The Nevin Economic Research Institute has warned of the potential for low pay in certain sectors of the economy to become “embedded” and a permanent feature of some individuals within the labour market.
NERI, the trade union-affiliated economic think-tank, has published a study of earnings and low pay in the economy as well as policy issues which, it says, need to be addressed.
It points to the latest pay profile for the country which shows 25.6% or 345,000 of the population earn less than the “living wage” of €11.45 per hour and some 30% earn less than Eurostat’s “low pay threshold” of €12.20.
“The overall scale of low pay, involving at least one in every four employees, and its concentration within specific sectors of the labour market, points towards a need for policy to retain an interest in this topic and monitor any risk that it may become both embedded in certain areas of work and a permanent feature of the experience of some individuals within the labour market,” said the report’s author Micheál Collins.
He found that low pay was most common among women and was concentrated in specific sectors of the economy including wholesale and retail, accommodation and food, administration and support services, and in the agricultural, forestry, and fishing sector. It was also found to extend across age groups.
“The risk of being low paid declines with age, with 60% of all workers under 30 years being low paid,” said Mr Collins. “The risk falls to 19.1% for those employees aged between 50-59 years, although it increases once again for older workers. Risks also decrease with increases in the level of completed education; 53% of employees with only primary education are low paid while the risk is less than 20% for those with some completed third-level education.”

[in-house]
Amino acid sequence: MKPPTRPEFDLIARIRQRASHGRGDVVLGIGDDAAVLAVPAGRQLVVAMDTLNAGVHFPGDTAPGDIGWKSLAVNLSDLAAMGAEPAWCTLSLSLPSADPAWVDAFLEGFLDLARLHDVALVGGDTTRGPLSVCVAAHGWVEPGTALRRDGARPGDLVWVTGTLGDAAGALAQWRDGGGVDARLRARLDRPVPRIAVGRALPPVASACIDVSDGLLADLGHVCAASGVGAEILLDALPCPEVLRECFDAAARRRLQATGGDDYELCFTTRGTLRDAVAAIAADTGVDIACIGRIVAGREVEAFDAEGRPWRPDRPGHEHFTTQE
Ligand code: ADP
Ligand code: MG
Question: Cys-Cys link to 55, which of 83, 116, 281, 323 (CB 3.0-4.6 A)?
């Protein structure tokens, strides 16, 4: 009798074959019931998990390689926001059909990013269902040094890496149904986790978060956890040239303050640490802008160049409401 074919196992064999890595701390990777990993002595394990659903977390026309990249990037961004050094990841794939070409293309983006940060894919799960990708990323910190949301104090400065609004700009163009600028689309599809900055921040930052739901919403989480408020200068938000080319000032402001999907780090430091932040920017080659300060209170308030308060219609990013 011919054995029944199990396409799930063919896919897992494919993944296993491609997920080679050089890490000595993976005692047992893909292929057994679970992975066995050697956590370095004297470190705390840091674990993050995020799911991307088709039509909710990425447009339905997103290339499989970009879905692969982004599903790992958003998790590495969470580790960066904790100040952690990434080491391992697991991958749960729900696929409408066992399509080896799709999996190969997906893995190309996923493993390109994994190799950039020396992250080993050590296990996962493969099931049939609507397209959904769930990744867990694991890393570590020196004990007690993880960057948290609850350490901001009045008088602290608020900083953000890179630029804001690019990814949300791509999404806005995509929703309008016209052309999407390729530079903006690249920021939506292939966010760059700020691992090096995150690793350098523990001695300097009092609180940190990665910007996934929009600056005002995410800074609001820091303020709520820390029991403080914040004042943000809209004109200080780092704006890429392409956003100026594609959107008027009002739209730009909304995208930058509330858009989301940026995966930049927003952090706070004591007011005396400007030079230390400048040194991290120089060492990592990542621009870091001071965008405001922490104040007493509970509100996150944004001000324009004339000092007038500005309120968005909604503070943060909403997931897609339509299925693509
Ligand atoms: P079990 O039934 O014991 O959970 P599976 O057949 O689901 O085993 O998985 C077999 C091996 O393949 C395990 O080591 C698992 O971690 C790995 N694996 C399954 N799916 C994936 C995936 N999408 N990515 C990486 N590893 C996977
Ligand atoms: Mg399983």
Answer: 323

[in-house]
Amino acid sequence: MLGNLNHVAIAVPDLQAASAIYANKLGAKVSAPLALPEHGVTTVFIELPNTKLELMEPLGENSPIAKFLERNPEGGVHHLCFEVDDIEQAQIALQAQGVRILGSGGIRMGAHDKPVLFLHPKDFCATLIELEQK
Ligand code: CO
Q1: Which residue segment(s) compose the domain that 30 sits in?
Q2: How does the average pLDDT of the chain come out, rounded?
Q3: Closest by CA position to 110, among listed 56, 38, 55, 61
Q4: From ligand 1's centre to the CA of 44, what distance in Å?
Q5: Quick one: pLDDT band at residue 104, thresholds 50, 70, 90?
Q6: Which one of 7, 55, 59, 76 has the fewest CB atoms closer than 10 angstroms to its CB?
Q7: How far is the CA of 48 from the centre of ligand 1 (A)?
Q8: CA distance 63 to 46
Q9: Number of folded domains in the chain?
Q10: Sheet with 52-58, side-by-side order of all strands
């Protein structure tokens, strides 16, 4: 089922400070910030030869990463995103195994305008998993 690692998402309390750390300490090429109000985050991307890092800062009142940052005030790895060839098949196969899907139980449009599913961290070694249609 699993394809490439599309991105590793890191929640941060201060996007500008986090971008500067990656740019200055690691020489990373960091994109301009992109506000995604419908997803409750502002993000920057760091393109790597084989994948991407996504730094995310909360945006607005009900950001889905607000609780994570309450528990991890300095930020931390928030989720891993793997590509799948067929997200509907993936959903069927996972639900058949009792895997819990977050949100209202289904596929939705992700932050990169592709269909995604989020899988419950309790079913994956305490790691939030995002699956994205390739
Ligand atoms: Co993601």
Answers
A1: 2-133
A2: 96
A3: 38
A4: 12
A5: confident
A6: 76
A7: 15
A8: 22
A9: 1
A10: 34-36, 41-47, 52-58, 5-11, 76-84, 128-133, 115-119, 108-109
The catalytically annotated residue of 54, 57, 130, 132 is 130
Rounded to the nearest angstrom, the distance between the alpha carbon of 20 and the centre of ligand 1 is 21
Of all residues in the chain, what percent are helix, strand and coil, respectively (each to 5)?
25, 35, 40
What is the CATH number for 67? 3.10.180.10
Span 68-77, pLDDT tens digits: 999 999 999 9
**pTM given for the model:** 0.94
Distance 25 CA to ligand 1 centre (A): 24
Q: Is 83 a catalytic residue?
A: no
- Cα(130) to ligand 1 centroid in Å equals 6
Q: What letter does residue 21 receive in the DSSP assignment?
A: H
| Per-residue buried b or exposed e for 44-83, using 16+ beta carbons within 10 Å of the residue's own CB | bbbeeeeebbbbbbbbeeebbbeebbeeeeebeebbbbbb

Mr Collins said, despite State intervention in the form of low income taxation rates on low incomes and subsidies such as Family Income Supplement, there remains a “concentration” of the low paid in households experiencing difficulties in meeting ordinary living expenses.
One issue raised by Mr Collins is the prevalence of low pay among workers in small firms with fewer than 10 employees.
“It is often the case that low pay is measured using firm level surveys which do not include small size firms, and firms in areas such as agricultural, forestry and fishing; measuring low pay in this way will invariably underestimate it,” Mr Collins said.
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